Instead of explaining a how to buid a product roadmap in generic terms, I thought I would explain how I would use consumer data to start to generate some hypotheses that could be tested, using banking as an example. Remember this is only the start of the process. …

Every day, informed readers evaluate the veracity of an online news article in several ways: checking the source site (is it reputable), examining the quotes in the article (is the quoted person real and, for public figures, does this person’s statement exist in the public record) and checking if the headline matches the story. A “yes” to each of these attributes give the reader reasonable confidence that an article is legitimate.

This “common sense” approach could be systematized as follows: Let’s start with the source site — does the content come from a site of high reputation/authority based on internal…

I recently read a great article on agile transformation in the Journal of Systems and Software, entitled — An empirically developed framework for Agile transition and adoption: A Grounded Theory approach. It was written by a group of computer science researchers out of Islamic Azad University, in Iran.

It details a data-centric development of a framework to create successful agile transformations. As you may or may not know, many agile transformations fail. The reasons are multiple:

  • the evaluation tools to determine if an organization is “ready” for agile transformation are too labor intensive and too unweildly to quickly show results

I found a great article on Quora about product management. One thing to add, you should learn to code, but accept you will never be anywhere close to the guys who build all day every day. Some basic know of how stuff works will help you better understanding what your engineering teams go through, and in doing so will foster goodwill that you can use when you really need them to pull through for you.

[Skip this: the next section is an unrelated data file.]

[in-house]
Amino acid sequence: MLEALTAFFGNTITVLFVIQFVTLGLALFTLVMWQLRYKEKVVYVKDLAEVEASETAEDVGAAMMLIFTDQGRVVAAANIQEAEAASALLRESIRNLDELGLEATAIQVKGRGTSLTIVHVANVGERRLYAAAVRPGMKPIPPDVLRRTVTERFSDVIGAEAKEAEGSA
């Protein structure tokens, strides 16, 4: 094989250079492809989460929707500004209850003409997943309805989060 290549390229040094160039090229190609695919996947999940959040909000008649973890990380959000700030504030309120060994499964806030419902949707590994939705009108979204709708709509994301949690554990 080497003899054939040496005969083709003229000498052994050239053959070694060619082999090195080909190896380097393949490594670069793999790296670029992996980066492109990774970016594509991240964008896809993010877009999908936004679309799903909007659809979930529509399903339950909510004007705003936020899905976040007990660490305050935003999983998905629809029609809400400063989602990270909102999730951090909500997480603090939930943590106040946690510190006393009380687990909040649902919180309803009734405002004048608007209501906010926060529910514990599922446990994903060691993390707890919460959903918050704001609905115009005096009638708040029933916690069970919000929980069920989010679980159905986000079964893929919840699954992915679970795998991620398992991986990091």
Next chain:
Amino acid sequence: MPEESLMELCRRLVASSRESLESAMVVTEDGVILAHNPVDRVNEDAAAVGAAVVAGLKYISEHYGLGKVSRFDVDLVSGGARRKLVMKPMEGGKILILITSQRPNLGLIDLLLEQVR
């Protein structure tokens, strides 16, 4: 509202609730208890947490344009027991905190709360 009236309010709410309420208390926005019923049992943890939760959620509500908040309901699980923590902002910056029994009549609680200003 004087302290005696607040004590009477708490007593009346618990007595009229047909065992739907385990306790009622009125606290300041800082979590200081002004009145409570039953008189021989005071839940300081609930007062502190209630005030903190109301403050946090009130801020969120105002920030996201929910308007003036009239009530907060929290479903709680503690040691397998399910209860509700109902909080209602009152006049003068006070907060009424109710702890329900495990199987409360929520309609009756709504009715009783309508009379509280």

With that said here is the article from

Product management greatness and technical prowess are weakly linked. The minimum necessary:

  • Ability to speak with…

The original article can be found on TechinAsia, but here is a summary.

  1. There are lots of entrepreneurs with good ideas chasing big markets, but most can’t execute. Remember you are not investing in what you think you could do with a company, but what the team can achieve.
  2. There is a paucity of information on how to grow a business. So many founders don’t really know how to create sustainable organizations. There is lots of information on idea generation (Lean Startup), as well as how to run an established company (MBA or Corporate America), but not much in between.

Sometimes it is the people who disagree with us who can teach us the most.

A great and humbling article from someone who acted before they did their homework. Take home message: Always ask “why?” before passing judgement, and then fall on your sword when you screw up. Also learn from the experience.

I’ve always told my team making a mistake is not a sin, it is making the same mistake over and over that starts to rub people the wrong way.

Bernstein’s central argument is that manufacturing jobs are effectively disappearing globally, replaced by robots. China is leading the way but the trend is global and it means promises made by politicians like Donald Trump to bring overseas industries back to America are unlikely to benefit working people generally.

From Venturebeat. Here is a summary, but you should check out the full article:

Bots currently have three significant barriers to break through to be able to solve customer issues:

  1. Natural language understanding (NLU)
  2. Integration with self-service APIs
  3. Decisioning in a wide variety of situations

The key is understanding context.

Context is itself very complex. It is made up of multiple facets:

  1. Close context — All the messaging around the current interaction, the customer profile and the companies offerings and policies.
  2. Near context — historical customer data
  3. Far context — Industry knowledge, and world knowledge.

The infant bots of 2016…

Fred Wilson from Union Square Ventures makes several great points in his posts on the Venture Capital math problem.

But instead of rehashing how the venture capital model needs fixing, I thought it would be interesting to use the data to shed light into how an venture funds are set up and the financial metrics that drive equity investments.

First lets talk about how a venture fund works:

Venture funds make investments into illiquid and risky investments with expectation of high returns over the long term. …

Jeevan Padiyar

Hi, I'm Jeevan Padiyar. Passionate about great products, skiing, paintball, cats and tech. CPO@NDR, but am a startup, venture and private equity expat.

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